The court begins the analysis with Resol Group, LLC v. Scarlett, Case No. 114cv267656. The Complaint submitted by Plaintiff reveals that, in that case, Resol Group, LLC asserts state-law causes of action against Scarlett for quiet title, cancellation of recorded instrument, declaratory relief, slander of title, and civil conspiracy. See Docket Item No. 52.

Plaintiff filed two removal notices for Case No. 114cv267656. The first contains reference to a string of authorities inapplicable to the issue of removal jurisdiction. See Docket Item No. 17, at 2:2-6. In the second, Plaintiff cited several statutes in the caption. See Docket Item No. 18. However, none of the referenced statutes support the removal of this action. Indeed, despite the reference to 28 U.S.C. § 1331, a federal question cannot be found on the face of the state-court Complaint, which is a requirement for jurisdiction under that section to arise. Caterpillar, Inc., 482 U.S. at 392 ("The presence or absence of federal-question jurisdiction is governed by the well-pleaded complaint rule, ' which provides that federal jurisdiction exists only when a federal question is presented on the face of the plaintiff's properly pleaded complaint."); Duncan v. Stuetzle, 76 F.3d 1480, 1485 (9th Cir. 1996) ("[I]t must be clear from the face of the plaintiff's well-pleaded complaint that there is a federal question."). Furthermore, federal question jurisdiction does not arise from an actual or anticipated cross-claim or counterclaim since those claims are not contained in the Complaint, nor can it be created by some alternative constitutional interpretation of the pleading. See Metro Life Ins. Co. v. Taylor, 481 U.S. 58, 63 (1987) (holding jurisdiction must appear on the face of the complaint); see also Hunter v. Philip Morris USA, 582 F.3d 1039, 1042-43 (2009) (holding jurisdiction cannot rest on actual or anticipated defense). In short, it is Resol Group, LLC that determines whether there is a federal question, not Scarlett. See ARCO Envtl. Remediation, L.L.C. v. Dep't of Health & Envtl. Quality, 213 F.3d 1108, 1114 (9th Cir. 2000) ("As the master of the complaint, a plaintiff may defeat removal by choosing not to plead independent federal claims.").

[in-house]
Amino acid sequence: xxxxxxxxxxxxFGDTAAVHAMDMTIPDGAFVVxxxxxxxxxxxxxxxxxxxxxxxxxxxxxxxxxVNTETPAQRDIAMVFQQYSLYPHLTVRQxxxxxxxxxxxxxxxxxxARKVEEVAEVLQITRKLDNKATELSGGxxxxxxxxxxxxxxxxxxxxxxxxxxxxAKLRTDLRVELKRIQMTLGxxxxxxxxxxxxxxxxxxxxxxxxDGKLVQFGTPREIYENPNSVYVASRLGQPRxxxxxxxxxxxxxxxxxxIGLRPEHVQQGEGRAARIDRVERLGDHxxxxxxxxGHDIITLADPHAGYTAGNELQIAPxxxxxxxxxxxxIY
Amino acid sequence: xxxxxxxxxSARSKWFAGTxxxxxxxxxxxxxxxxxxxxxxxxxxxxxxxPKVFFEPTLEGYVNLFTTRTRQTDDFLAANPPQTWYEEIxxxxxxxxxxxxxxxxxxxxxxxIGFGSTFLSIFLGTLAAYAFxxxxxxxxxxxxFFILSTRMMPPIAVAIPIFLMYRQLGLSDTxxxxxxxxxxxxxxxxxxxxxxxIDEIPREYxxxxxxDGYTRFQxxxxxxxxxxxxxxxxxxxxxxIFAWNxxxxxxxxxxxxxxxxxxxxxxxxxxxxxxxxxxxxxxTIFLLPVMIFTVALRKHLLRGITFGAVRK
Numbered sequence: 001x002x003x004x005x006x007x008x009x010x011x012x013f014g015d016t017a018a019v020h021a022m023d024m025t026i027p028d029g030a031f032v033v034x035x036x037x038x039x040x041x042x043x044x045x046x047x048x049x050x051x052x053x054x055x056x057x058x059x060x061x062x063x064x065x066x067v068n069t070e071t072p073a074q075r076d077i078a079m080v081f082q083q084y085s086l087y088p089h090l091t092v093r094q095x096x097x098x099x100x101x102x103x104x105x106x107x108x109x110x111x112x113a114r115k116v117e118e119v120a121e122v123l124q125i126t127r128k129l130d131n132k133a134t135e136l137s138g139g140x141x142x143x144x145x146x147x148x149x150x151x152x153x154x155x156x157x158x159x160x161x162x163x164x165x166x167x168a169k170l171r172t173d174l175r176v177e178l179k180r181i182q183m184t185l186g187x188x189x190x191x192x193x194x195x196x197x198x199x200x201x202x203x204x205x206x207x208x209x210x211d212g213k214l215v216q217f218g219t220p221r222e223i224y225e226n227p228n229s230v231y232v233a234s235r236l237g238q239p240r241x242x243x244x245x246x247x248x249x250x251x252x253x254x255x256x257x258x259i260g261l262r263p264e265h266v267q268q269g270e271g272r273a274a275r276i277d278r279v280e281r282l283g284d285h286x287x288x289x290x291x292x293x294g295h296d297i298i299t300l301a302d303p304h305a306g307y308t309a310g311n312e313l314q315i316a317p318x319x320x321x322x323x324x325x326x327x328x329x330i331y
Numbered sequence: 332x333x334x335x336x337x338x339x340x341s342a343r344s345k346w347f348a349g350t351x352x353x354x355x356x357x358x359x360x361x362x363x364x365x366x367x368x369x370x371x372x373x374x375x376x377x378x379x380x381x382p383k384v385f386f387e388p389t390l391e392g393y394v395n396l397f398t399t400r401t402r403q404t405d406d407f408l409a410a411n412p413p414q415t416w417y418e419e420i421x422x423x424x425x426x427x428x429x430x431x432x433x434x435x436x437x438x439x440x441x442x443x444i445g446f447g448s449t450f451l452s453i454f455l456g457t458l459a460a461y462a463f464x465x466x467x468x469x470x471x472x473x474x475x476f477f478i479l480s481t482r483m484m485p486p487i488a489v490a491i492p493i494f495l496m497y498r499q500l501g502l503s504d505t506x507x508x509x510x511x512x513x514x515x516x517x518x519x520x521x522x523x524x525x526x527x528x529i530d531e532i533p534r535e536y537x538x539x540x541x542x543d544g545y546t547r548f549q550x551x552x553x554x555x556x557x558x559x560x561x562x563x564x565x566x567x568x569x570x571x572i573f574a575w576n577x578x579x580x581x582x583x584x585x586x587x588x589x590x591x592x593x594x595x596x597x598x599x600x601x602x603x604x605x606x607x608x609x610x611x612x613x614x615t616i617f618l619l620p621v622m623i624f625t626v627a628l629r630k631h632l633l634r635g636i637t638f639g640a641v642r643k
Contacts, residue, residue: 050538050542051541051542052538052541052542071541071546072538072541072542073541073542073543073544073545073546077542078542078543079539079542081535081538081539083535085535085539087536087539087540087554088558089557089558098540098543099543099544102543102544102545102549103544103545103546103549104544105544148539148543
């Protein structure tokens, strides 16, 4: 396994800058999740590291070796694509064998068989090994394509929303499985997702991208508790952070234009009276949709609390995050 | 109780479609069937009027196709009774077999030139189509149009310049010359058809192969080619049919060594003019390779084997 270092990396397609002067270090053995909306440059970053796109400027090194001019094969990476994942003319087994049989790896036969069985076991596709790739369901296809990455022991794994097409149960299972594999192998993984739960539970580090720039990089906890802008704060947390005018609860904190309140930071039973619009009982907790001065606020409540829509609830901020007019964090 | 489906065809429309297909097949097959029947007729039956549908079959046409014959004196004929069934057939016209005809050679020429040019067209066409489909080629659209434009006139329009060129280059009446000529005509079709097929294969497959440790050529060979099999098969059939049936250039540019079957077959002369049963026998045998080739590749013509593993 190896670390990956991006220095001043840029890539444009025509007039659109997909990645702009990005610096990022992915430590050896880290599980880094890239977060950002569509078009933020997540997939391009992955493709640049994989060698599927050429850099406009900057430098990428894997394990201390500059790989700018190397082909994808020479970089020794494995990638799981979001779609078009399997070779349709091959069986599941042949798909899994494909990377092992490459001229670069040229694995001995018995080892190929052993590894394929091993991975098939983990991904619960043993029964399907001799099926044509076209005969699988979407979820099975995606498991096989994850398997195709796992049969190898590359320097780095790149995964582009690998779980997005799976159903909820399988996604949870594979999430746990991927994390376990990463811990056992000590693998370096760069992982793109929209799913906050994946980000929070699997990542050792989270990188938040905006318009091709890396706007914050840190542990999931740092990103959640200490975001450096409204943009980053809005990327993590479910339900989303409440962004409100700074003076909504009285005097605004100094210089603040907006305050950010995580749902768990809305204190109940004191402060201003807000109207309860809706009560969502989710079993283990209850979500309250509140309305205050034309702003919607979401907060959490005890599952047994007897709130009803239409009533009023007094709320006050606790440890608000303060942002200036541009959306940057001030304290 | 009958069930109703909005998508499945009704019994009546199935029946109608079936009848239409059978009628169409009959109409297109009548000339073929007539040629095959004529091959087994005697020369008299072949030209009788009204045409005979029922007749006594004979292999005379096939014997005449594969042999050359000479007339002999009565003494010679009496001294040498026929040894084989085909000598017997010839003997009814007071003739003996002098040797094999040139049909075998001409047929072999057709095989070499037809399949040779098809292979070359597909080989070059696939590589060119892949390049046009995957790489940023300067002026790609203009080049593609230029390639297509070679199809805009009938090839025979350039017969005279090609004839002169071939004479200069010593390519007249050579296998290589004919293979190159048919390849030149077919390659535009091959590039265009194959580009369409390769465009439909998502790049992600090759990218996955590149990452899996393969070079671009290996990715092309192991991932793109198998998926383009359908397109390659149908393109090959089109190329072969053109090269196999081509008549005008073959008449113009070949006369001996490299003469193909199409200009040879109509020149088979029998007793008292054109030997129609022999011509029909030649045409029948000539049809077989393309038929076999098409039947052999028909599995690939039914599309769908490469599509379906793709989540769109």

Similarly, Case No. 114cv267656 could not be removed under 28 U.S.C. § 1332 because both Scarlett and Resol Group, LLC are citizens of California. See Civil Case Cover Sheet, Docket Item No. 1 (indicating at Section III that Scarlett and Resol Group, LLC are California citizens); see also Compl. in Case No. 114cv267656, Docket Item No. 52, at ¶ 1 ("Plaintiff RESOL GROUP, LLC... is, and at all times relevant herein has been, a limited liability company organizing and existing under the laws of the State of California."). There must be complete diversity of citizenship for such jurisdiction to arise. Kuntz v. Lamar Corp., 385 F.3d 1177, 1181 (9th Cir. 2004) ("For a case to qualify for federal jurisdiction under 28 U.S.C. § 1332(a), there must be complete diversity of citizenship between the parties opposed in interest.")

The other statutes cited by Scarlett outside of those which simply describe the removal process - 28 U.S.C. § 1337, 1343 and 1367[3] - also fail as possible bases of federal jurisdiction because the claims asserted by Resol Group, LLC in Case No. 114cv267656 do not involve antitrust issues or civil rights violations, and the "supplemental jurisdiction statute is not ...